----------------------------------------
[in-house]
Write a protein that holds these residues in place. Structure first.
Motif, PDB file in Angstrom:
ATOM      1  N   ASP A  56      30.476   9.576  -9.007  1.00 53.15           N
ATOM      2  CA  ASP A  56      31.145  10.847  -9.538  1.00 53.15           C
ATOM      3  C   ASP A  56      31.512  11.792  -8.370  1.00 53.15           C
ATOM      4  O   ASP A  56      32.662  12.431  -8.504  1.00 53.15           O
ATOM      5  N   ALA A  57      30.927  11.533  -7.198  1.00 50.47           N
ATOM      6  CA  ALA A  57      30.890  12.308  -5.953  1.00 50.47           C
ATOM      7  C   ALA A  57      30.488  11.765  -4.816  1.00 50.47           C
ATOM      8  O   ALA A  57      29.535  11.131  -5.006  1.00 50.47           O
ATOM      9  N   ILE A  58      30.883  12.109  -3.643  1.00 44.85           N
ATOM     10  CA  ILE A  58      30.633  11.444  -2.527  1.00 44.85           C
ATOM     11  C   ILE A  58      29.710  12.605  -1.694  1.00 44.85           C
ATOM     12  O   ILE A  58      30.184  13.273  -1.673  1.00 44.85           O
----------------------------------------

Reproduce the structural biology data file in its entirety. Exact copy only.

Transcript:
[in-house]
Write a protein that holds these residues in place. Structure first.
Motif, PDB file in Angstrom:
ATOM      1  N   ASP A  56      30.476   9.576  -9.007  1.00 53.15           N
ATOM      2  CA  ASP A  56      31.145  10.847  -9.538  1.00 53.15           C
ATOM      3  C   ASP A  56      31.512  11.792  -8.370  1.00 53.15           C
ATOM      4  O   ASP A  56      32.662  12.431  -8.504  1.00 53.15           O
ATOM      5  N   ALA A  57      30.927  11.533  -7.198  1.00 50.47           N
ATOM      6  CA  ALA A  57      30.890  12.308  -5.953  1.00 50.47           C
ATOM      7  C   ALA A  57      30.488  11.765  -4.816  1.00 50.47           C
ATOM      8  O   ALA A  57      29.535  11.131  -5.006  1.00 50.47           O
ATOM      9  N   ILE A  58      30.883  12.109  -3.643  1.00 44.85           N
ATOM     10  CA  ILE A  58      30.633  11.444  -2.527  1.00 44.85           C
ATOM     11  C   ILE A  58      29.710  12.605  -1.694  1.00 44.85           C
ATOM     12  O   ILE A  58      30.184  13.273  -1.673  1.00 44.85           O